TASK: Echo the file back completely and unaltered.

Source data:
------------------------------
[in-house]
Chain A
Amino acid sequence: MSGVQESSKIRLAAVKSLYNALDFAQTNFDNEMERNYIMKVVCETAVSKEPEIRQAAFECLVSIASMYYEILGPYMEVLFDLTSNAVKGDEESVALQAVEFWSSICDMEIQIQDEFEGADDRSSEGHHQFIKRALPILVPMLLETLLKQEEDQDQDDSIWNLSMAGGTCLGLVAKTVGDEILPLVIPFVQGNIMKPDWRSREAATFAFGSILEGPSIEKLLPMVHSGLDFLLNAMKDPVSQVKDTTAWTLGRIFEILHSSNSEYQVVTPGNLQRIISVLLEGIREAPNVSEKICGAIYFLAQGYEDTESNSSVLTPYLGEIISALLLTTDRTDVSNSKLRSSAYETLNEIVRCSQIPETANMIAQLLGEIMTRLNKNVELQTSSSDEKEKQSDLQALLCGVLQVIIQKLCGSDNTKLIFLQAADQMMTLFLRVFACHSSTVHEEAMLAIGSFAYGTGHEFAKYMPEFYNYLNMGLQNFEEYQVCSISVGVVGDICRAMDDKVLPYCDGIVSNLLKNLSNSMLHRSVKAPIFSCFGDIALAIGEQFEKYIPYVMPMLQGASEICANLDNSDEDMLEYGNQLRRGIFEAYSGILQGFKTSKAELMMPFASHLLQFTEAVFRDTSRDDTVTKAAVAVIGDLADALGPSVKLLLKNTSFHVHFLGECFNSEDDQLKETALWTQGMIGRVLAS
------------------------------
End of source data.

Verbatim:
[in-house]
Chain A
Amino acid sequence: MSGVQESSKIRLAAVKSLYNALDFAQTNFDNEMERNYIMKVVCETAVSKEPEIRQAAFECLVSIASMYYEILGPYMEVLFDLTSNAVKGDEESVALQAVEFWSSICDMEIQIQDEFEGADDRSSEGHHQFIKRALPILVPMLLETLLKQEEDQDQDDSIWNLSMAGGTCLGLVAKTVGDEILPLVIPFVQGNIMKPDWRSREAATFAFGSILEGPSIEKLLPMVHSGLDFLLNAMKDPVSQVKDTTAWTLGRIFEILHSSNSEYQVVTPGNLQRIISVLLEGIREAPNVSEKICGAIYFLAQGYEDTESNSSVLTPYLGEIISALLLTTDRTDVSNSKLRSSAYETLNEIVRCSQIPETANMIAQLLGEIMTRLNKNVELQTSSSDEKEKQSDLQALLCGVLQVIIQKLCGSDNTKLIFLQAADQMMTLFLRVFACHSSTVHEEAMLAIGSFAYGTGHEFAKYMPEFYNYLNMGLQNFEEYQVCSISVGVVGDICRAMDDKVLPYCDGIVSNLLKNLSNSMLHRSVKAPIFSCFGDIALAIGEQFEKYIPYVMPMLQGASEICANLDNSDEDMLEYGNQLRRGIFEAYSGILQGFKTSKAELMMPFASHLLQFTEAVFRDTSRDDTVTKAAVAVIGDLADALGPSVKLLLKNTSFHVHFLGECFNSEDDQLKETALWTQGMIGRVLAS